Where is Halloween Celebrated? It's Spreading, But With Troubling Implications

Where is Halloween Celebrated? It's Spreading, But With Troubling Implications

As communication, transportation technology, and increasing free trade continue to shrink our world, cultural interaction and exchange have also rapidly accelerated. Halloween is right around the corner and is a perfect example of the great shifts that local and national cultures are undergoing, with the holiday establishing itself in countries around the world such as France, China, and Indonesia. It is in this context that the pushback against globalization takes place, fueled over fears of cultural destruction. But as it turns out, the topic of globalization and culture is not as simple as the opponents of globalization make it out to be.

In 1997, Halloween came to France as a marketing ploy welcomed by companies looking for a means to make a profit during the downtime before Christmas, and by consumers looking for an excuse to have fun while the French economy struggled. Although Halloween’s origins lie in pagan festivals from old Britain and Ireland, and it thus had European roots, the holiday flourished most in America after being exported by Irish and British immigrants.Halloween didn’t take off in France and many other places until globalization and the power of advertising opened up new markets by pushing American holidays onto other societies. While a new phenomenon, it has largely been welcome. As a spokesperson for the French company Galeries Lafayette put it, “For us, Halloween is a real discovery, a wonderful marketing exploit.”

Halloween has also found its way to China. Writing in a blog from Shanghai, an American expatriate reflected that many Chinese have taken to dressing up in costumes and going to parties. However, the aspect of “trick-or-treating” and the centrality of the supernatural and scary haven’t taken hold in the same way. “While [Halloween] is not entirely new to the Shanghai area, [as] Westerners have lived in Shanghai for almost a century now, it is not widely understood by the Shanghai people… For many in Shanghai it is a time to wear costumes, go out to bars and clubs to have your costume judged and to drink and be merry.” Unlike in the United States, homes are not decorated as superstition and disinterest in understanding the full tradition of Halloween has made the holiday largely a vehicle for consumerism and partying rather than one that involves spooks or Western conceptions of what constitutes supernatural evil or horror.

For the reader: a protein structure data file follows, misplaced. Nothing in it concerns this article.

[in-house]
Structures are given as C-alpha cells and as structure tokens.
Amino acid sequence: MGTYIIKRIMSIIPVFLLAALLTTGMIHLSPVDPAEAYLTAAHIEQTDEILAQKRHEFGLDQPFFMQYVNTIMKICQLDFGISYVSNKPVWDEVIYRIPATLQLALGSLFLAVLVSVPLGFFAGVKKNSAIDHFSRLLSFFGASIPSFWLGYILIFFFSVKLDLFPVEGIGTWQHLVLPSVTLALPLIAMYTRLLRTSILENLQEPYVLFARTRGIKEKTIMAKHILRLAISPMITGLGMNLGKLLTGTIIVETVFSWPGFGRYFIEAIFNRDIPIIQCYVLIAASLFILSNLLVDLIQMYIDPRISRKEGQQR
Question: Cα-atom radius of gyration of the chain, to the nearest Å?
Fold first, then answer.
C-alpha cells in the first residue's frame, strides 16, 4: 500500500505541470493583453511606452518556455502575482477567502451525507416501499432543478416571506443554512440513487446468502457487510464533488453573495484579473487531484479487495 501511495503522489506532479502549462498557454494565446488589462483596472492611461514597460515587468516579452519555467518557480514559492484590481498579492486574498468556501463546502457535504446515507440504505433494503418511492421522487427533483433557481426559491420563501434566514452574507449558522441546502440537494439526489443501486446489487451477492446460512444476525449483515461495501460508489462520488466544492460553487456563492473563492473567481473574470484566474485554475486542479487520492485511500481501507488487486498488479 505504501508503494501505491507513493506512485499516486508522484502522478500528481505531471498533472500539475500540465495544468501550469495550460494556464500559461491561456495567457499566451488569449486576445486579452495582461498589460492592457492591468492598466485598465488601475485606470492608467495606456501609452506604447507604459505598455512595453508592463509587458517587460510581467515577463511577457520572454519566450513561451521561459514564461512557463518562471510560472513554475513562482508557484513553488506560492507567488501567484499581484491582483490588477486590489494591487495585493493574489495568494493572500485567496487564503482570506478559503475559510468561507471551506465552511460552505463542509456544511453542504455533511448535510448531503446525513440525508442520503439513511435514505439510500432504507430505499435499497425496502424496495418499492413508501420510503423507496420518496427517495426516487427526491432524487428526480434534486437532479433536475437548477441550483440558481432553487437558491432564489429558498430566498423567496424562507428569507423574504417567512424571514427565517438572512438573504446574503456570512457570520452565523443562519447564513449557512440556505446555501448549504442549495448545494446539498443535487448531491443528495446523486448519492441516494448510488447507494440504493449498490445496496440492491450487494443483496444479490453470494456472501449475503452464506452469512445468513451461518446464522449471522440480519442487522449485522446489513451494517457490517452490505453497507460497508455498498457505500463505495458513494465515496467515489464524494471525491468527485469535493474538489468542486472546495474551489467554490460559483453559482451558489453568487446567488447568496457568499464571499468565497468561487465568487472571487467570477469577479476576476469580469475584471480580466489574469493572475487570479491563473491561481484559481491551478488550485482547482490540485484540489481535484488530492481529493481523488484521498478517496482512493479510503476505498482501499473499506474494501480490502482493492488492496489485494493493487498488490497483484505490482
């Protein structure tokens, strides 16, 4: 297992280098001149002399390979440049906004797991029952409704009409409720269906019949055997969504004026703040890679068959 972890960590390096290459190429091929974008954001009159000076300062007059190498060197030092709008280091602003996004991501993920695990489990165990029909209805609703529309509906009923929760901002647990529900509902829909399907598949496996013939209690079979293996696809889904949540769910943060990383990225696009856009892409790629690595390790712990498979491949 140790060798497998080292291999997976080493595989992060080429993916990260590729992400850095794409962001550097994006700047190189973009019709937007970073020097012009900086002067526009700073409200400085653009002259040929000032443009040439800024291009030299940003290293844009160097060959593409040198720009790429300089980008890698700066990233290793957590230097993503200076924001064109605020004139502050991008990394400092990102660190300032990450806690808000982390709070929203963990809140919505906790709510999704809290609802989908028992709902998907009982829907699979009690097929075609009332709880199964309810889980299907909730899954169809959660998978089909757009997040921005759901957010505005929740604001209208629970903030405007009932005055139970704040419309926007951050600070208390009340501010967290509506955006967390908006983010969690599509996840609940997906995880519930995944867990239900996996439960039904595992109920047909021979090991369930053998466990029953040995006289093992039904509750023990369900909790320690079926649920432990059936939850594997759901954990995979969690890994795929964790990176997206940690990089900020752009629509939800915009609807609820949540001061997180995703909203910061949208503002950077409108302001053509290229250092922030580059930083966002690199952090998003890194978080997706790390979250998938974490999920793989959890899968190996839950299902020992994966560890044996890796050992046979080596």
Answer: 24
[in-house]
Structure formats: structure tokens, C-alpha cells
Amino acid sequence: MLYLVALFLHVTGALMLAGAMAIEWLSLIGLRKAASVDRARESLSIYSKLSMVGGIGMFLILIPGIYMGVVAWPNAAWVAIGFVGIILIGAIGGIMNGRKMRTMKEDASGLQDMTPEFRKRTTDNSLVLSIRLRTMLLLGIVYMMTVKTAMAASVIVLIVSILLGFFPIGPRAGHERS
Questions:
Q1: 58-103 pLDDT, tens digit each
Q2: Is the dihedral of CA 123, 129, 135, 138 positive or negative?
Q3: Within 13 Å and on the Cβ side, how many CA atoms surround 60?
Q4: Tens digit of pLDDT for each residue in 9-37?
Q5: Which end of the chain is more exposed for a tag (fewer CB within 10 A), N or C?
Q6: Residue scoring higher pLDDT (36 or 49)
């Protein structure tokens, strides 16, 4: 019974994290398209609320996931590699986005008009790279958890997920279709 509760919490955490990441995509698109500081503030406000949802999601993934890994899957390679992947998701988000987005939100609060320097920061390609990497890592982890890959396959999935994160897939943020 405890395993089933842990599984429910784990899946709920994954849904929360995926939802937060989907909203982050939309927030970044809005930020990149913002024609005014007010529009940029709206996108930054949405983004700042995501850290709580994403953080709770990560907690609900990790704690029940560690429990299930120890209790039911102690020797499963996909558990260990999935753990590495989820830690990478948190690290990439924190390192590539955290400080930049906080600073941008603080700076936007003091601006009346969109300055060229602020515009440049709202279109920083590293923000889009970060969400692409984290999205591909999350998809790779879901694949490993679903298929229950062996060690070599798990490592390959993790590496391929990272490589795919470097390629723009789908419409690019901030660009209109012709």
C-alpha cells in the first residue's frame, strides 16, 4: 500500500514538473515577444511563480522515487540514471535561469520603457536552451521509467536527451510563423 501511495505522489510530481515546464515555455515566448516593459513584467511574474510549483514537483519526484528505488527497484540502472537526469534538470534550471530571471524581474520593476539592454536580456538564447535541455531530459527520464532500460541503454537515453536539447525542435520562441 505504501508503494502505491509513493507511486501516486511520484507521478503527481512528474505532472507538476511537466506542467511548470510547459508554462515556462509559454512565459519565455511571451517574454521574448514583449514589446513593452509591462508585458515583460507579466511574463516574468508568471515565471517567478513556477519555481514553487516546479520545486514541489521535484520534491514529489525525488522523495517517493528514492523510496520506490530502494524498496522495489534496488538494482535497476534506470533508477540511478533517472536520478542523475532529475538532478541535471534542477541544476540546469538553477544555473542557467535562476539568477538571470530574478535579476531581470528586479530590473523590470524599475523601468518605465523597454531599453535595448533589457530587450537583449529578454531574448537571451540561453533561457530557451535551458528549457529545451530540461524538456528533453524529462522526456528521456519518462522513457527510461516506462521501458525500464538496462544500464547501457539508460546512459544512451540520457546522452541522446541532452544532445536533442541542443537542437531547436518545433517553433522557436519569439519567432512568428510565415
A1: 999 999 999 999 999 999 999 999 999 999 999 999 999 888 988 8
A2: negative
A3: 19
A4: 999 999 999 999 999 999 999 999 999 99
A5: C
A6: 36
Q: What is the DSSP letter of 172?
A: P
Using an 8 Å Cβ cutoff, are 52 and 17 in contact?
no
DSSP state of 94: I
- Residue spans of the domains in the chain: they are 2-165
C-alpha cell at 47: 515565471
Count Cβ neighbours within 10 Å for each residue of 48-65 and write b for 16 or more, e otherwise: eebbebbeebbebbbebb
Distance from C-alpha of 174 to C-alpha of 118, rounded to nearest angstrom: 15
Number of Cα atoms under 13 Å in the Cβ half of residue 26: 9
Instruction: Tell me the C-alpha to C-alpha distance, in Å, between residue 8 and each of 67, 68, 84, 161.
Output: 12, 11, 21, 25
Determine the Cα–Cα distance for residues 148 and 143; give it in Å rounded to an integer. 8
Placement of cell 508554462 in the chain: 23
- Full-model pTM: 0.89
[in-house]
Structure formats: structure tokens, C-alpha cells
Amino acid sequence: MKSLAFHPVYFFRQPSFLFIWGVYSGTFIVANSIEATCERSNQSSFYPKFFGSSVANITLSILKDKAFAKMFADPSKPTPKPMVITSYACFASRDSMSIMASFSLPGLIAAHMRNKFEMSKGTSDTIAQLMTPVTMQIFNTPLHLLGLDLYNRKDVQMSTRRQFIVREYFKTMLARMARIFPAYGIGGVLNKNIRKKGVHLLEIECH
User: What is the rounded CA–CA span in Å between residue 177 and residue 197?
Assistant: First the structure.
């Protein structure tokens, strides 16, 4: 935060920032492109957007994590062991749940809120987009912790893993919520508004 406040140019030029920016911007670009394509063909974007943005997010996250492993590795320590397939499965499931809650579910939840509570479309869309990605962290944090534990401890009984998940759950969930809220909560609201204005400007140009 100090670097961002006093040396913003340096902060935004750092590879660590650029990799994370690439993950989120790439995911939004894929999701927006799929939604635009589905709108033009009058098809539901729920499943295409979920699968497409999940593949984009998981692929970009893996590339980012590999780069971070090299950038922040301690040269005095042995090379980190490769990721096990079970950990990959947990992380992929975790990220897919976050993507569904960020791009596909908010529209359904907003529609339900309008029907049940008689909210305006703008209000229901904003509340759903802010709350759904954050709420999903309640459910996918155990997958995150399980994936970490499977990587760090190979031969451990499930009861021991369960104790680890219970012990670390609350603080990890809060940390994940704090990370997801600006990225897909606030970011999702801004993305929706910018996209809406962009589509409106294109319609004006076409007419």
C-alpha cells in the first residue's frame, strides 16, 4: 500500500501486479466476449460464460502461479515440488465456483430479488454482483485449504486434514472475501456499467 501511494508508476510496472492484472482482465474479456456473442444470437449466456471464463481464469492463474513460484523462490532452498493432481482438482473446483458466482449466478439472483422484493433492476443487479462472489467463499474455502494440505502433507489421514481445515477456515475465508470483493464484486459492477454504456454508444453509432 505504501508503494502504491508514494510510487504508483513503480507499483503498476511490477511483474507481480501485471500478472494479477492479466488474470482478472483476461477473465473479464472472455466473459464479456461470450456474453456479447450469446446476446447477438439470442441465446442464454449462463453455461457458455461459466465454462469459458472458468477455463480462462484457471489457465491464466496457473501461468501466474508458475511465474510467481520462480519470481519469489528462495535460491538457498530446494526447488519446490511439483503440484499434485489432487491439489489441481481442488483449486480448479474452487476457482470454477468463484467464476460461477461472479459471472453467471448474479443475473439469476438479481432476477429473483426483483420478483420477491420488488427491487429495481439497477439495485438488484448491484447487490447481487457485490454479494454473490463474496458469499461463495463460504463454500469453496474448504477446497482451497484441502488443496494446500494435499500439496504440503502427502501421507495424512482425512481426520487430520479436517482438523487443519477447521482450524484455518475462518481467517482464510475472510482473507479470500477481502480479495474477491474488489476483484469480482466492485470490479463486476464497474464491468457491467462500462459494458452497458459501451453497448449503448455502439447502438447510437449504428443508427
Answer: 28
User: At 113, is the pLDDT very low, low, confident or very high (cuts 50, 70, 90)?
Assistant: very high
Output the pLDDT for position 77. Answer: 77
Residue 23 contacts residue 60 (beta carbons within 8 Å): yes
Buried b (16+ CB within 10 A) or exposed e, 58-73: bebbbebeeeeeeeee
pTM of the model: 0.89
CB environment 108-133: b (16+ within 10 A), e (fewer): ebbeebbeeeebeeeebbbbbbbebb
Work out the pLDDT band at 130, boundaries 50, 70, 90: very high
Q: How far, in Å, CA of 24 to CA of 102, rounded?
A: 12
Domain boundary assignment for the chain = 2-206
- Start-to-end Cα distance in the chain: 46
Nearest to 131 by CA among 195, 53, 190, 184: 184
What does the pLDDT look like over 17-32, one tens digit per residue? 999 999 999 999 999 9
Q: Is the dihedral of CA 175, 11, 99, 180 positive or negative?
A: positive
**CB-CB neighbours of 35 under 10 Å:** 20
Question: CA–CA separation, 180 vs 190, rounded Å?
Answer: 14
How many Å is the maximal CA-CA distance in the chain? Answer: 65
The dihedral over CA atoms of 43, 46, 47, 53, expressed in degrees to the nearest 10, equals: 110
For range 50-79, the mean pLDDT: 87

Finally, Halloween as even spread to Indonesia, according to an article in the Jakarta Post that credits globalization with the spread of the holiday. According to the newspaper, Halloween “is celebrated in department stores, restaurants, cafes and even in schools and other educational institutions” and “both children and adults are invited to Halloween parties where costumes are worn, and the games, music and decorations are Halloween-themed.” As the holiday, along with its Western conceptions of horror — has spread, it has become mixed with local beliefs and legends such as that of the kuntilana, the wandering spirit of a woman who died in childbirth. The market forces of globalization have become mixed with advertising, local myths, and folklore dramatized in popular television shows in a complicated feedback loop.

This mixing has only fueled the debate over whether or not globalization is a positive development and what its implications for culture are. Some bemoan the erosion of elements of local culture and values as they are mixed with or replaced by Western ones. For instance, the author of the Jakarta Post article writes, “Observing a tradition should be an opportunity to re-interpret cultural archetypes in a critical and insightful manner.” The article goes on to argue that students and children should be taught the origins of cultural traditions and legends, whether domestic or imported, so that they can be critical thinkers and have the richest experience possible. This ideal is juxtaposed with the current situation, in which the history behind holidays and myths is forgotten and overridden by the powerful market forces which drive more generalized and marketable versions of holidays and myths.

While it is certainly easy and fashionable to talk about cultural destruction, there are three things that must be kept in mind. First, it must be remembered that cultures are not static and, by their very nature, change over time. It can be argued that anthropologists who try to document and preserve remote indigenous cultures have already begun to change them by their very presence. Second, if one really does believe that the acceleration of changes on local or national culture brought on by globalization are undesirable, the methods for counteracting those shifts should be carried out in a constructive manner. In other words, there’s a difference between encouraging students to understand the origins of various cultural traditions, or to work for a culturally-oriented nonprofit, versus imposing tariffs on certain foreign cultural goods, or restricting freedom of speech or expression. Finally, while the merits or detriments of globalization continue to be debated, the fact remains that you can travel around the world and be more likely to have others to celebrate Halloween with than ever before.